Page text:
Leaked: Draft of national standards for schools

Education wonk alert! A draft document of common core state standards, the latest effort to create more consistency in curriculum between the 50 states, is circulating in cyberspace.

The Core Knowledge camp — those who promote the teaching of shared, specific content and “a sequential building of knowledge” — were quick to weigh in on the document today, in a blog devoted to the issue. They’re not fans, as you might gather from the headline: “Voluntary National Standards Dead on Arrival.” They say the guidlines include little content and that they would be fairly useless to teachers and parents.

Here’s a quote from E.D. Hirsch, Jr., the Core Knowlege founder, which is posted on the blog:

At first glance, these language standards are, despite the brave descriptors, very similar to the dysfunctional state standards already in place. Like most state standards, they naively take a formalistic approach to language ability. They assume that the ability to understand literary and informational language is chiefly a how–to skill, whereas it is chiefly a topic-dependent skill that varies with specific topic familiarity. … One begins to despair.

You can find a copy of the draft here. Do you have an equally dismal view of the draft? Do you think it’s time for national standards?

image from House of Sims Web site at flickr.com/creativecommons

Katy Murphy

Education reporter for the Oakland Tribune. Contact me at kmurphy@bayareanewsgroup.com.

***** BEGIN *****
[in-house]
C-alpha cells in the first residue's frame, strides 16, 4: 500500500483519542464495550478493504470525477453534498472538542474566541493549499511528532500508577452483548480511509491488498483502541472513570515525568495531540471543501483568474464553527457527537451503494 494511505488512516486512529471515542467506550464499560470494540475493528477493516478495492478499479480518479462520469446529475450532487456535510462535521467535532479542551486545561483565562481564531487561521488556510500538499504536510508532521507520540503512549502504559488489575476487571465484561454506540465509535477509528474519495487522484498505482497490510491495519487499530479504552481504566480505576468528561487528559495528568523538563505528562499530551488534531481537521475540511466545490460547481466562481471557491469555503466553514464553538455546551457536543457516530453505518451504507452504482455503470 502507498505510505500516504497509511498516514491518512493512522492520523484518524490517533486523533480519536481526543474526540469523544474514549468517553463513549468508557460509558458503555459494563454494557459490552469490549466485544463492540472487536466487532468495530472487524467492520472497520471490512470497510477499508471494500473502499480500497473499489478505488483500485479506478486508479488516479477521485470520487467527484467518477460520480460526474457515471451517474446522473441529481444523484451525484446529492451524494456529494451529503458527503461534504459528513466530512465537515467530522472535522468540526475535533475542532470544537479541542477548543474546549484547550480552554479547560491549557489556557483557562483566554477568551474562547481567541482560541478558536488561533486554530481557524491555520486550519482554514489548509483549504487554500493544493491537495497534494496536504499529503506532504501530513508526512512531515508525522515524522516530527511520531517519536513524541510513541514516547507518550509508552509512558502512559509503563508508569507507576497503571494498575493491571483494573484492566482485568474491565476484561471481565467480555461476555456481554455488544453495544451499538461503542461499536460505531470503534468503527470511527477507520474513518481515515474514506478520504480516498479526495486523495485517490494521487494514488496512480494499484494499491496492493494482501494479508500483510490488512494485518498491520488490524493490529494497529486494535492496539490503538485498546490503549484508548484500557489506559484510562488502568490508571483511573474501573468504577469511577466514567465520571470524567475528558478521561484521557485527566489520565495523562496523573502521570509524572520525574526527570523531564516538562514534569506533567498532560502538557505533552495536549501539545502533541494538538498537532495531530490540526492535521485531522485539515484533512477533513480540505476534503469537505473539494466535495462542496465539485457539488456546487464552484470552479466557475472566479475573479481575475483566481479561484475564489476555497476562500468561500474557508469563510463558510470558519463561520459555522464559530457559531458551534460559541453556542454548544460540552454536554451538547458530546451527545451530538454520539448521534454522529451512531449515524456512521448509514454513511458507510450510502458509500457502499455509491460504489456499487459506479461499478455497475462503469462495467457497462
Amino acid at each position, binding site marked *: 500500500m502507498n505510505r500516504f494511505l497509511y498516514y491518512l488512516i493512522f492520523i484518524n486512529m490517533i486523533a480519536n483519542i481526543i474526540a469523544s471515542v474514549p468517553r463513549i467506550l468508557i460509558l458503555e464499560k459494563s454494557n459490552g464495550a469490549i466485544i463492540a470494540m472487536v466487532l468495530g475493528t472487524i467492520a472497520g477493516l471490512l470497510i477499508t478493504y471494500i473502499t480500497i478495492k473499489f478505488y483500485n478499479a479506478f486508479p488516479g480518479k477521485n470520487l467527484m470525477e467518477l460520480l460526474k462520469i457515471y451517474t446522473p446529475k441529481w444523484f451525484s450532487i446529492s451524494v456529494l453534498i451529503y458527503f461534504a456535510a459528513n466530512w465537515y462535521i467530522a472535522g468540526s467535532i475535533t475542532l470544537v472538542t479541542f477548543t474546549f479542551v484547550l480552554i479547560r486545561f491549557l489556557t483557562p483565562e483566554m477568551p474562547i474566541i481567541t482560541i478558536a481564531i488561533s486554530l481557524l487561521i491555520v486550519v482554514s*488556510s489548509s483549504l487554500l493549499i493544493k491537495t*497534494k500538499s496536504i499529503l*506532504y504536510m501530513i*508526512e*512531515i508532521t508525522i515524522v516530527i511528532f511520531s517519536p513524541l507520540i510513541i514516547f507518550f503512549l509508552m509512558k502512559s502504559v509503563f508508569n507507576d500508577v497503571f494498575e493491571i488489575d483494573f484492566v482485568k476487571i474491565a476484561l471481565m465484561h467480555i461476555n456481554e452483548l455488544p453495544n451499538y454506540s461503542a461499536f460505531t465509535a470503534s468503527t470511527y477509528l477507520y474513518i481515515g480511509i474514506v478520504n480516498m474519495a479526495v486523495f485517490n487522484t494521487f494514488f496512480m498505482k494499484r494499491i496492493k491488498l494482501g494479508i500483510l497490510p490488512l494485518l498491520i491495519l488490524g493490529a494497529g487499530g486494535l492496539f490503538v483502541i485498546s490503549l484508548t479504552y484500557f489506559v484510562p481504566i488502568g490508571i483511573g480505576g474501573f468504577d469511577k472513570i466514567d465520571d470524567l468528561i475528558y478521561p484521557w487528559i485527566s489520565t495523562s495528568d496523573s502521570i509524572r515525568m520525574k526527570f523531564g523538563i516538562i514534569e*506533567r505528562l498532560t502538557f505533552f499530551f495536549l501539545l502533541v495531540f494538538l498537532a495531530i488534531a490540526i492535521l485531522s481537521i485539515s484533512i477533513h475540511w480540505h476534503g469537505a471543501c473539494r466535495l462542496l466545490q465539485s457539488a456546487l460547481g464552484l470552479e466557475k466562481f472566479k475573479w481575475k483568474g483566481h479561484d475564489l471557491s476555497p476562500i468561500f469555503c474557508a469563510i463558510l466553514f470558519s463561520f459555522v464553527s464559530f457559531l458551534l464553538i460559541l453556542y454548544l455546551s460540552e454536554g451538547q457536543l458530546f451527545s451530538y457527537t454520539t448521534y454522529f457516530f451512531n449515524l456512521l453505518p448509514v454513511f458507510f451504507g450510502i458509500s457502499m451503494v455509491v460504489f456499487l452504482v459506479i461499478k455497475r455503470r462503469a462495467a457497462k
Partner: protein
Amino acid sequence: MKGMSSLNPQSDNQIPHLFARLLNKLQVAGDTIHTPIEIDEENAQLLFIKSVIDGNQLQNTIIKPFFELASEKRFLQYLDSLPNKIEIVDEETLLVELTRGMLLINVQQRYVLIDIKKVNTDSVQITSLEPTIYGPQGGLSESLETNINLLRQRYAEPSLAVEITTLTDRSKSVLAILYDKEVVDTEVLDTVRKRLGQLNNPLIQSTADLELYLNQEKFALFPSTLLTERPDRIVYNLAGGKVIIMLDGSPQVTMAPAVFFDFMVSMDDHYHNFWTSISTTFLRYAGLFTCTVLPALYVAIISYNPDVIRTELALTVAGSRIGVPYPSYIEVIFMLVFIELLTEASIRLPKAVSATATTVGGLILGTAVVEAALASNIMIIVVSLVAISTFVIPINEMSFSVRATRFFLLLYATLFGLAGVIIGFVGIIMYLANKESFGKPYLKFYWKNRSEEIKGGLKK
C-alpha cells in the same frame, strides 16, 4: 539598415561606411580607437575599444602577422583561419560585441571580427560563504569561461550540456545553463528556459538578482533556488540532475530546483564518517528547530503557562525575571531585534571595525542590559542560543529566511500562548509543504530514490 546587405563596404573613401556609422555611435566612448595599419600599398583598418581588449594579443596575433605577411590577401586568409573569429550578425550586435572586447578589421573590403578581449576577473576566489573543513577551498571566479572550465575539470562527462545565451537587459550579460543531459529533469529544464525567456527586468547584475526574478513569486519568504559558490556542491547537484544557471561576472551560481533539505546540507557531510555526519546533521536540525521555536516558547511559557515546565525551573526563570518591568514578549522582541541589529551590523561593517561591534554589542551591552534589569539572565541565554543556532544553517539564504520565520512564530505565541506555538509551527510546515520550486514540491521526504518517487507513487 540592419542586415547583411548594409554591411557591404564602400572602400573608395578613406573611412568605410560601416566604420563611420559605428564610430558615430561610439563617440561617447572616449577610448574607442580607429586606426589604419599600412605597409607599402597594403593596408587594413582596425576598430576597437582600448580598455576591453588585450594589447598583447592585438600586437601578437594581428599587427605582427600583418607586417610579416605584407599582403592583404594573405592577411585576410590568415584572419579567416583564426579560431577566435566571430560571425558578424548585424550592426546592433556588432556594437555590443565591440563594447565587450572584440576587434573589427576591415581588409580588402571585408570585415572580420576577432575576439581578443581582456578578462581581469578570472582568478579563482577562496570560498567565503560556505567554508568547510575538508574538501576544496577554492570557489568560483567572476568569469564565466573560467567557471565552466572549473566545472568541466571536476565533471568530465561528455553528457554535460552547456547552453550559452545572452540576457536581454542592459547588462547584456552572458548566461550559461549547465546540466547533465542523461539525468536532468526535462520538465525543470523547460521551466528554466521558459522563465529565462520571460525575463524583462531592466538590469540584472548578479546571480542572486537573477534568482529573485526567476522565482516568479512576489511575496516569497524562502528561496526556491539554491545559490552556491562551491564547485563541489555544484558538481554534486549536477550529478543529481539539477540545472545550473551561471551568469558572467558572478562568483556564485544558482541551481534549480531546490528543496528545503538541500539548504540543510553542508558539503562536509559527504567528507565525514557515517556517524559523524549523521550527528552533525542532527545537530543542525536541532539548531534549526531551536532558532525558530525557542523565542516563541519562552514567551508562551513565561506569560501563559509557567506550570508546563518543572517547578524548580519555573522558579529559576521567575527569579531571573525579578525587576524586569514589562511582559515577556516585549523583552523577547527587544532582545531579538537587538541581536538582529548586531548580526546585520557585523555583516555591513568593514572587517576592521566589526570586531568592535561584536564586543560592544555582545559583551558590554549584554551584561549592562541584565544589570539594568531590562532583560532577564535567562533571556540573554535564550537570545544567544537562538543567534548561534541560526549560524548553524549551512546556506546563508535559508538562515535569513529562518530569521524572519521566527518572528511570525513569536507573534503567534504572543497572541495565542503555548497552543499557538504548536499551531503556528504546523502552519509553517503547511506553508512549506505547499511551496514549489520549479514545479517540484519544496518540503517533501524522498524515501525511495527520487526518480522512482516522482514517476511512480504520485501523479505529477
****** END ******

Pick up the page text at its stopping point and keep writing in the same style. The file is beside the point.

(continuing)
• Cranky Teacher

    Standards check: How many of you adults can answer the following questions, taken from the California state history standards for sixth grade?

    1. Explain the significance of Abraham, Moses, Naomi, Ruth, David, and Yohanan ben Zaccai in the development of the Jewish religion.

    2. List the policies and achievements of the emperor Shi Huangdi in unifying northern China under the Qin Dynasty.

    3. Identify the location of the Kush civilization and describe its political, commercial, and cultural relations with Egypt.

    Consider, from the above, the person of Yohanan ben Zaccai. I have actually been forced — gotta teach the standards! — to prepare a lesson plan FOR SIXTH GRADERS to teach of his role in preserving Jewish knowledge after the destruction of the Second Temple. Yet, I have now asked at least 25 Jews, many of them veterans of Hebrew school and Bar Mitzvahs, and have not found ONE who has heard of this guy.

    The usefulness of standards is real, but vastly overrated, IMHO, and they can be damaging as well.

    Standards tend to be either so broad and complete that you can’t really do anything in a classroom without hitting one — for example, lists of all the components of good writing — or so specific and non-transferable (as a skill or foundational understanding) as to be useful only for memorization test prep, i.e., lists of the key battles of important wars.

    For those who don’t know about, E.D. Hirsch, Jr., he is a very controversial old-school advocate of cultural homogeniety and assimilation, arguing that if every kid knows all the terms and facts that a white middle-class American adult does, they can succeed. His books included lists of thousands of this normative vocab, everything from traditional academic stuff to names of important Disney movies, etc. Rather than an afterthought to teaching, he believes these are a pass to success and should be taught as an end in and of themselves.

  • Katy Murphy

    OK, you’ve stumped me. I’m 0 for 3 on your pop quiz.

  • Cranky Teacher

    Haha! You must repeat sixth grade!

  • Nextset

    This is an example of why we do not and should not have national education standards set by the feds.

    Centralization of everything through Washington DC ensures that rot will spread throughout the country at once. State jurisdiction keeps this from happening. It was one othe things this country was built on. It’s why we became stronger than the UK, our mother nation.